Small and compact
This tent lives up to being a very lightweight 3/4 season tent. I just took it up to the Lower Saddle on the Grand Teton at 12,000'. I had never opened it before and didn't have time to SeamSeal it before I left. It set up easily enough just like my Bibler I-tent. I like the plastic snaps of the Bibler instead of the velcro tabs inside for the poles. The old Biblers used to have velcro but they ended up ripping out and becoming useless after several years of use.
Within 10 minutes of getting to the saddle the skies opened up with marble sized hail and high winds. The tent leaked a little bit around the vent window but I found out later that I didn't have the wire loop set up properly. Once we got that fixed, there was no more leaking.
For me, the tent breathed appropriately. I didn't have problems with condensation or frost within the tent. I left both vents open as much as possible but without allowing rain/sleet/hail/snow to enter.
During the night, I got pelted with more hail as I am 6' tall and had to push against both ends with my head and feet. It's too small for anyone over 5'10".
There were a couple of tents that blew away during the day while we were climbing but ours was firmly in place. I anchored all four corners with stakes and used guy lines at the sides fixed with parachute type stakes under rocks.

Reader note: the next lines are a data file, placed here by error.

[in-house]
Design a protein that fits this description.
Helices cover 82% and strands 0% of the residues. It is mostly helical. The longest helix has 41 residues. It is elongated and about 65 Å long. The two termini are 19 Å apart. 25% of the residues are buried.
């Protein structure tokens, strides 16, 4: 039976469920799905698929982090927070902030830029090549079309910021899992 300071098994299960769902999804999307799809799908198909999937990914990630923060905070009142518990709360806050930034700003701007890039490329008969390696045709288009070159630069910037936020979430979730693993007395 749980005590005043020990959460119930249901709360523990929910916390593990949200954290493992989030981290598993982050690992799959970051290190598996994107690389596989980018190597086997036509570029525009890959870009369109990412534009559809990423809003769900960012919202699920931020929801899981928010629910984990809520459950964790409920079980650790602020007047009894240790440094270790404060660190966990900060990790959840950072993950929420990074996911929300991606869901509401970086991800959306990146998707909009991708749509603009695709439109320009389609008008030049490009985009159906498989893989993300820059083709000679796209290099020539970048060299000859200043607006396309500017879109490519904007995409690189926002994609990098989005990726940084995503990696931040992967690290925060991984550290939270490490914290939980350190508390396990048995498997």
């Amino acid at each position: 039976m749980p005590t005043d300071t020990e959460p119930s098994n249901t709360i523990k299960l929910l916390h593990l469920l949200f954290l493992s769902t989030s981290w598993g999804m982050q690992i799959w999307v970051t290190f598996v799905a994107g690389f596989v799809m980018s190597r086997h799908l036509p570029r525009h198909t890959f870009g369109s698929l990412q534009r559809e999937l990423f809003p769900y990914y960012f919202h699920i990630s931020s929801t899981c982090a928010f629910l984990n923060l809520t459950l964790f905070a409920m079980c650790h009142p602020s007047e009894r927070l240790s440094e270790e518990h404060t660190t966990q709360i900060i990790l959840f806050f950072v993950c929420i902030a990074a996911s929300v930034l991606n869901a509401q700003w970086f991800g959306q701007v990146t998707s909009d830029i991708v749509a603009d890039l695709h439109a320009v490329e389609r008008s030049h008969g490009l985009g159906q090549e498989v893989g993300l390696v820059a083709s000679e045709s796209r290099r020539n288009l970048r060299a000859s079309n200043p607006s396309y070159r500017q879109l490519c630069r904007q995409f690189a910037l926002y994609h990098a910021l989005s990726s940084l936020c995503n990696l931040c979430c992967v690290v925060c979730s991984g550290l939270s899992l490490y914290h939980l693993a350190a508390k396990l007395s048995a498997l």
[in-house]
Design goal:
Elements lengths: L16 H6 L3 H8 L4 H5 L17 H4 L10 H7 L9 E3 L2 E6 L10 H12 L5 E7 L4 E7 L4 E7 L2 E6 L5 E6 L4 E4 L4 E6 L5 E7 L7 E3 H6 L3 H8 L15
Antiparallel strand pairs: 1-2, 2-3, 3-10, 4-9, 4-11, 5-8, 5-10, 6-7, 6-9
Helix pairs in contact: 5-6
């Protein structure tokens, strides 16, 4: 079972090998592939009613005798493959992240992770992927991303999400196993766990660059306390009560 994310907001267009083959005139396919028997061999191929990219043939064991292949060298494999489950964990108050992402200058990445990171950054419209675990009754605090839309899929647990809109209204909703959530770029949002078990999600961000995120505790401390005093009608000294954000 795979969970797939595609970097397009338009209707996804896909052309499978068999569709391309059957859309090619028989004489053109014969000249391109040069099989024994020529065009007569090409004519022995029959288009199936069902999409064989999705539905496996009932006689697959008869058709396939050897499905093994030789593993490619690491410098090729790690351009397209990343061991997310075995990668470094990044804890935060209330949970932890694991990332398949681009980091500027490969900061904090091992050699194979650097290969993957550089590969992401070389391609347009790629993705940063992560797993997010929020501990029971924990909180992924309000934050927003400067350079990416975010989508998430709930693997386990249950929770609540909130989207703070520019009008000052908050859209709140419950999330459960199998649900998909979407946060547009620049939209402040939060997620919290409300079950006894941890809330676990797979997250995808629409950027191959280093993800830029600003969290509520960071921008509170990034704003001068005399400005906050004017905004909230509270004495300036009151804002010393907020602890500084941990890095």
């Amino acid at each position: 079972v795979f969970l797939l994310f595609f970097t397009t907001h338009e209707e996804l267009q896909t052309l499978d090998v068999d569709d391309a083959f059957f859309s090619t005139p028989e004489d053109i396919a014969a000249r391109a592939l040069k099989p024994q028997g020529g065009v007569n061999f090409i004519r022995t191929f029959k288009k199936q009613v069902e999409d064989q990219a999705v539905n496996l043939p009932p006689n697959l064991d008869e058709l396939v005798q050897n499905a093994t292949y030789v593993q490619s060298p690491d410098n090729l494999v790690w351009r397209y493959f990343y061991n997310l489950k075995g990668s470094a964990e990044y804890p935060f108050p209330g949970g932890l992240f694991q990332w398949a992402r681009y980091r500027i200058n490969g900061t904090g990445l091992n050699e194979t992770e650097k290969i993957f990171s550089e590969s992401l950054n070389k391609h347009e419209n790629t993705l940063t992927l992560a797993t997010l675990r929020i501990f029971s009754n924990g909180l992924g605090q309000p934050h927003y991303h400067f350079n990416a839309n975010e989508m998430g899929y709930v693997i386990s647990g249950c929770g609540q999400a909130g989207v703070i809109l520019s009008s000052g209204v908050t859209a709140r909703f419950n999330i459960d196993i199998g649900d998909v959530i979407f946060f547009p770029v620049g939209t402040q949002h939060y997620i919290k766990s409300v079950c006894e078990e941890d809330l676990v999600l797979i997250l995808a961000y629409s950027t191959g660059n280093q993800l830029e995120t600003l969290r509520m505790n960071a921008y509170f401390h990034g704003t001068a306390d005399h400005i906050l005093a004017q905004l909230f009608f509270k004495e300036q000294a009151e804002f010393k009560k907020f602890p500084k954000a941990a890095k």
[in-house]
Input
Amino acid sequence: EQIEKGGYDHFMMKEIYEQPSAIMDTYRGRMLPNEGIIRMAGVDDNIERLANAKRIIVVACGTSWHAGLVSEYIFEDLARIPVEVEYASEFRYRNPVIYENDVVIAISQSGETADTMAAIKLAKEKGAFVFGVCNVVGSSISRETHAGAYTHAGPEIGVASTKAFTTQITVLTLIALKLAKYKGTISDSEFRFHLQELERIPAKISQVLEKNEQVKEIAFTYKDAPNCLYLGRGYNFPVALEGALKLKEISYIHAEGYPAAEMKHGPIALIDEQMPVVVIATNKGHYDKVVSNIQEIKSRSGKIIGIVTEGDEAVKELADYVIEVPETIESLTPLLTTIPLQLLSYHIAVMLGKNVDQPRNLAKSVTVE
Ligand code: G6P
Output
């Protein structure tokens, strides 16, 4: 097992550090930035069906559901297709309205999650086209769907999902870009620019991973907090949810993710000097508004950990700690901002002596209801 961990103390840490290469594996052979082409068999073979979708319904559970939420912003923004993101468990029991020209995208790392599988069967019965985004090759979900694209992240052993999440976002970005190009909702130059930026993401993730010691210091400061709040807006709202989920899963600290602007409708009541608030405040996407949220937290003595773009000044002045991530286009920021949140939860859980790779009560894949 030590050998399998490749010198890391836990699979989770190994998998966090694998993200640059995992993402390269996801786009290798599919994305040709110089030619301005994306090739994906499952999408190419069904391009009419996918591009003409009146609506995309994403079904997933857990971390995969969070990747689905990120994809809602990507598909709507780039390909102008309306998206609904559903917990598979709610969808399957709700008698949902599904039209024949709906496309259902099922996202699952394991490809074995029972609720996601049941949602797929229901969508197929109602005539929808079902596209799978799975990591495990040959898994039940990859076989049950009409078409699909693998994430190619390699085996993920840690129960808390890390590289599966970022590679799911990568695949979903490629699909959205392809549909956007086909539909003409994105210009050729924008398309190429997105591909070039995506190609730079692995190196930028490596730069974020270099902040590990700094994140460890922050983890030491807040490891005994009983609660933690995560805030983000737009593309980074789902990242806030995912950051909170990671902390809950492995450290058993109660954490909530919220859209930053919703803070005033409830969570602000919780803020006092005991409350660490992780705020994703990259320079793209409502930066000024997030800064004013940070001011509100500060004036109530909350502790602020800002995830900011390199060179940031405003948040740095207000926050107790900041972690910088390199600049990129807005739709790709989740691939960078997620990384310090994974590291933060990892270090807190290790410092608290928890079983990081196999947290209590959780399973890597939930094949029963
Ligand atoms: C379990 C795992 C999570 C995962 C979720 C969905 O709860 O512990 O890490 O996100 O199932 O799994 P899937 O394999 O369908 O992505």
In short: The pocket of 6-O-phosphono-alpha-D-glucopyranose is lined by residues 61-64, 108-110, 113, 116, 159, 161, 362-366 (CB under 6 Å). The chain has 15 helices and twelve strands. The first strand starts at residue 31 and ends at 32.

We kept quite a bit of our gear inside to keep it from getting wet so it was very cramped. I wish I had a vestibule for this thing. It would have made quite a difference.
The material seems flimsy and weak but it held up to the rocky terrain without any holes. The tent pole bag, on the otherhand, was thoroughly trashed after just one trip.
I'm excited with the lightweight and compactness but there's a few weaknesses: the wire loops to keep the rain out are too flimsy and might be better off with removable poles, the length is way too short for most people, and there's no space for gear.